Civil Rights movement - 1964-1965 Civil Rights Act, the Voting Rights Act
The facts presented in the movie 'the 13th' are very true considering the 1964-1965 Civil Rights Act and the Voting Rights Act. Why were these acts being passed? It was because the 13th amendment had some loopholes that still gave way for discrimination against African-Americans and Latinos. The Civil Rights Act of 1964 had measures to disregard the Jim Crow segregation and outdo racial discrimination. It barred acts of discrimination in areas like education, jobs, housing, and public facilities. An employment commission was created to ensure a fair recruitment process and even help local communities with civil rights issues. However, this isn't happening even now, especially looking at 'the 13th 'movie.
Another legislation that gives weight to the message in 'the 13th 'movie is the Voting Rights Act of 1965. This legislation did away with barriers for blacks in the South. There were supposed to be no more poll taxes, literacy tests and any other measures that could prevent African American from voting according to their will. The US attorney general was given the mandate to registers all the black voters in the South. The federal government would then be responsible for administration and supervision of elections in districts. By 1966, there over half a million registered voters who were black. By 1968, more than four hundred black people had been elected to office.
Even though this legislation transformed political power in the South, much has not been achieved concerning the plight of blacks. Considering the events in the documentary, blacks are still viewed as criminals and sometimes suffer in the hands of the police when they express a different opinion. A good example that shows much has not changed is the attempt by segregationists to prevent the implementation of federal civil rights legislation at the local level.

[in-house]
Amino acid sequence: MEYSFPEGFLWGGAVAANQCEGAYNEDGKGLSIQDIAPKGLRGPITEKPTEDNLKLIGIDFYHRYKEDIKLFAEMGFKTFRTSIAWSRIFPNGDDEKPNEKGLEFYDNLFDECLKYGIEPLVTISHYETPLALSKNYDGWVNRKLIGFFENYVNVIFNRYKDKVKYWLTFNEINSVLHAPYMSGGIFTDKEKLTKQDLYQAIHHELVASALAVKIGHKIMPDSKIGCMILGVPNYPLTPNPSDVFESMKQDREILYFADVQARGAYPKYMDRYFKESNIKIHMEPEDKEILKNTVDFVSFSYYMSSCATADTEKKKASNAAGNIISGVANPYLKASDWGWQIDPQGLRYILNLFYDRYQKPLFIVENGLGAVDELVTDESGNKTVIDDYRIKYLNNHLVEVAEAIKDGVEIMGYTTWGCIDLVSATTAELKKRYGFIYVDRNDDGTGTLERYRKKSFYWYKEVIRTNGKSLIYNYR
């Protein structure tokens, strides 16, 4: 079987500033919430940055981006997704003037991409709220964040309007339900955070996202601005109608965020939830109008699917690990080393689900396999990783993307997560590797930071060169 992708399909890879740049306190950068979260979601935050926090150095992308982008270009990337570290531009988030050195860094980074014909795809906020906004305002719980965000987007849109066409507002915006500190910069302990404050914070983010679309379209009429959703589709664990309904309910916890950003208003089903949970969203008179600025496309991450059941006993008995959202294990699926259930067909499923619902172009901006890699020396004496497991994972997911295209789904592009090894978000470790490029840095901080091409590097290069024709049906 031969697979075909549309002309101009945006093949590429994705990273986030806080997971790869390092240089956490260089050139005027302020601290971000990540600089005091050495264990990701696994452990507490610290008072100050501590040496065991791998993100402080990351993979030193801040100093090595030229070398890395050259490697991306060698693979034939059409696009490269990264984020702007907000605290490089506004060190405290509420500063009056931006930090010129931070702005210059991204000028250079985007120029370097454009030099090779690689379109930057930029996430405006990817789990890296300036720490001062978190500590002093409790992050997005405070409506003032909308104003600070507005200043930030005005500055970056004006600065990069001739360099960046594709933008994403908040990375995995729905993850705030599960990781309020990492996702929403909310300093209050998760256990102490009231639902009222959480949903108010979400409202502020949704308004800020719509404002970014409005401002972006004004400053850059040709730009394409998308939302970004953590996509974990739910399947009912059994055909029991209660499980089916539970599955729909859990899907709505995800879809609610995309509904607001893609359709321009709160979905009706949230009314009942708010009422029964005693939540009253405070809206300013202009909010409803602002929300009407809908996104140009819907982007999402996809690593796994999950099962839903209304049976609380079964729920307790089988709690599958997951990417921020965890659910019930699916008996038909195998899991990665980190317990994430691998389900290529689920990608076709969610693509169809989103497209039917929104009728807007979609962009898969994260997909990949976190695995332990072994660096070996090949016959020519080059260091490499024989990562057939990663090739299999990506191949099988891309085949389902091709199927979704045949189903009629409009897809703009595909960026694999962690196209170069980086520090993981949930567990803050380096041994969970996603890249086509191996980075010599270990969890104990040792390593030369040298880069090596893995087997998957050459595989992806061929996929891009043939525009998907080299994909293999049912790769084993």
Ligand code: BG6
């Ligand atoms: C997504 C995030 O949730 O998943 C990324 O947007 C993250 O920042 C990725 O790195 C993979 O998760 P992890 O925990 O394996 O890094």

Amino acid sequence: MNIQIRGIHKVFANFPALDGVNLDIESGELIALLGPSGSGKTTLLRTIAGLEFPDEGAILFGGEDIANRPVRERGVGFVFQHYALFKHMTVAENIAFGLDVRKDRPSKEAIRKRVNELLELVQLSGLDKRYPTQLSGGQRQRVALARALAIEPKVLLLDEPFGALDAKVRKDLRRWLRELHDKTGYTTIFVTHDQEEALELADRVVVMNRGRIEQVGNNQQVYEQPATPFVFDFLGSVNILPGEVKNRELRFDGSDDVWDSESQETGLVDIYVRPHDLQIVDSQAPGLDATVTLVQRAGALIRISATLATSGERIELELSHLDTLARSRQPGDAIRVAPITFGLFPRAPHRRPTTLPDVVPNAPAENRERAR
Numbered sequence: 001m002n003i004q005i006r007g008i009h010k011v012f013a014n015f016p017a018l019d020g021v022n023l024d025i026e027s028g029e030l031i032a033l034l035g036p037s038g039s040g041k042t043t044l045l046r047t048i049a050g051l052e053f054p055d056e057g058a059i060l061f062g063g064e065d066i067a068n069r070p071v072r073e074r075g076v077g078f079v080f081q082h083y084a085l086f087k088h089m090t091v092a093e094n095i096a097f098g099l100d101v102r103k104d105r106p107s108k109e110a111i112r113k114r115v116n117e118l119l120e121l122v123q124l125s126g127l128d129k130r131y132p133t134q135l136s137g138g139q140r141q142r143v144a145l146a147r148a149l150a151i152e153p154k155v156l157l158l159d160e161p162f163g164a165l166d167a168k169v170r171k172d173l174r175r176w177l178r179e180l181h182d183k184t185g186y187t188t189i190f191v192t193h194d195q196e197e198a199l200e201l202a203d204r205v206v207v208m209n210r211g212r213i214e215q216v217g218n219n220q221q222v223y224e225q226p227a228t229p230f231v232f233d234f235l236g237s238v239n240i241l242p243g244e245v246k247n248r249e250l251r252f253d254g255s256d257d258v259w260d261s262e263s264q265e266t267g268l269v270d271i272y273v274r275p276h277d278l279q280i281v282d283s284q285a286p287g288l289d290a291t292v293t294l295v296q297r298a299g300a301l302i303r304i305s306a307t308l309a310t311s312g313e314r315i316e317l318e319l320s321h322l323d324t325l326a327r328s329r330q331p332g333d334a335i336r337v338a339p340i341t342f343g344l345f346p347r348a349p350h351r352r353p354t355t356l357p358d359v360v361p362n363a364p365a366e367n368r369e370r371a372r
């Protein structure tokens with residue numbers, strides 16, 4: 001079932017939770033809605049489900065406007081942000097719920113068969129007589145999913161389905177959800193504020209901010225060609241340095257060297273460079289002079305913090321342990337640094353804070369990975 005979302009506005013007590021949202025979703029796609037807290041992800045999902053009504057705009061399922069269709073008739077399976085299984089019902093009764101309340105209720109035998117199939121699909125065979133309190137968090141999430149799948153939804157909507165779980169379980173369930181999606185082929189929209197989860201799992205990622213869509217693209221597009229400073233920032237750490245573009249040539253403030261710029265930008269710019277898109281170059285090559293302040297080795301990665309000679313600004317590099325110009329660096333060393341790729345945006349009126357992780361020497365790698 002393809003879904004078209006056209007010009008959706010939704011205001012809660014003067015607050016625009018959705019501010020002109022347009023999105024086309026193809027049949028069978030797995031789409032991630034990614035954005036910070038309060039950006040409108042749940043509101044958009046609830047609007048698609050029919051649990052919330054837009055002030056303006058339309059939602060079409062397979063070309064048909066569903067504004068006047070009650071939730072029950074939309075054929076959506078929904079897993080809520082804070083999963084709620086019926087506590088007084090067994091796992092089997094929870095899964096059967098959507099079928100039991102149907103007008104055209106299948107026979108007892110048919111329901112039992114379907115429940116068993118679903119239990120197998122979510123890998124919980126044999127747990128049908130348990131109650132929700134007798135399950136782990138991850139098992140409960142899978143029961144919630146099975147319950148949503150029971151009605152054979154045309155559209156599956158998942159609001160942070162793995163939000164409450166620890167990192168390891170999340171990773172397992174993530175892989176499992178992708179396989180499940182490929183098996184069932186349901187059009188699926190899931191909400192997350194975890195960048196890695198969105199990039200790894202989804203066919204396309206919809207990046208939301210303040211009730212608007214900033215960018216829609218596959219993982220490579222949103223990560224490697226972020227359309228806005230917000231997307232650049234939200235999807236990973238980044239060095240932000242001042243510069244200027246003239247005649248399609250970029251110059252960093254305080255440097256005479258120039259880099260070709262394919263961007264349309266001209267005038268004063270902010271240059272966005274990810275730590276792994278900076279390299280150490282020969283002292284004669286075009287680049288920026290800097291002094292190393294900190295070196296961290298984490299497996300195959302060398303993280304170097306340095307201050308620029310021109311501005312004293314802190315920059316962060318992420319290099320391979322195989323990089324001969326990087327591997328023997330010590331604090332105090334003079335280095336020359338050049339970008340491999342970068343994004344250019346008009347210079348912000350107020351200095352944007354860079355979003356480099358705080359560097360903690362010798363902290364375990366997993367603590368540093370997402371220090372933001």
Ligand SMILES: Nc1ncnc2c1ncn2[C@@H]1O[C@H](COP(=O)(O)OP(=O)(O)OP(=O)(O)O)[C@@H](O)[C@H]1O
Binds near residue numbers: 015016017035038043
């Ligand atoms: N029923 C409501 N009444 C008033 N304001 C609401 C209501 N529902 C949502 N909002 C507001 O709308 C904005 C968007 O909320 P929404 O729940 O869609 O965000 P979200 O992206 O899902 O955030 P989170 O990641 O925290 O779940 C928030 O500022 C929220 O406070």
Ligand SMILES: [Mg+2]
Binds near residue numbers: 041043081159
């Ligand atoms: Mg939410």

From the three sub-topics and perspectives, what do we learn from the movie 'the 13th'? DuVernay has put together 150 years of American history into an intimate and precise presentation to tell everyone about the racial inequality that has evolved and become a thorn in the flesh for Americans. Even though many legislations have been passed since the 13th amendment, not much has changed. Blacks still live miserable lives, always being targeted as criminals and missing out on opportunities for jobs and right livelihood.
The movie 'the 13th'is a powerful and intense film that deserves to be seen by many people in the nation of USA. The video can be instrumental in making individuals realize and understand the trauma and frustrations that come with the existence and evolution of racism. The acts of racism have occurred the black community for the last 150 years, making this film very important. It pushes up vigor combined with anger and frustration about the way African-Americans and Latinos have been treated in the history of USA. Despite that, the precise nature of the presentation helps the filmmaker to prevent the fury of injustices from distracting people from the main message.
"The Civil Rights Act of 1964 And The Voting Rights Act of 1965". Khan Academy, 2018, https://www.khanacademy.org/humanities/us-history/postwarera/civil-rights-movement/a/the-civil-rights-act-of-1964-and-the-voting-rights-act-of-1965. Accessed 27 Nov 2018.
Lyne, Charlie. "13Th: Ava Duvernay Offers Up A Devastating History Of Black America". The Guardian, 2018, https://www.theguardian.com/film/2016/oct/08/13th-ava-duvernay-documentary-netflix. Accessed 27 Nov 2018
W, C, and A.J. K.D. "Did Slavery Make Economic Sense?". The Economist, 2013, https://www.economist.com/free-exchange/2013/09/27/did-slavery-make-economic-sense. Accessed 27 Nov 2018.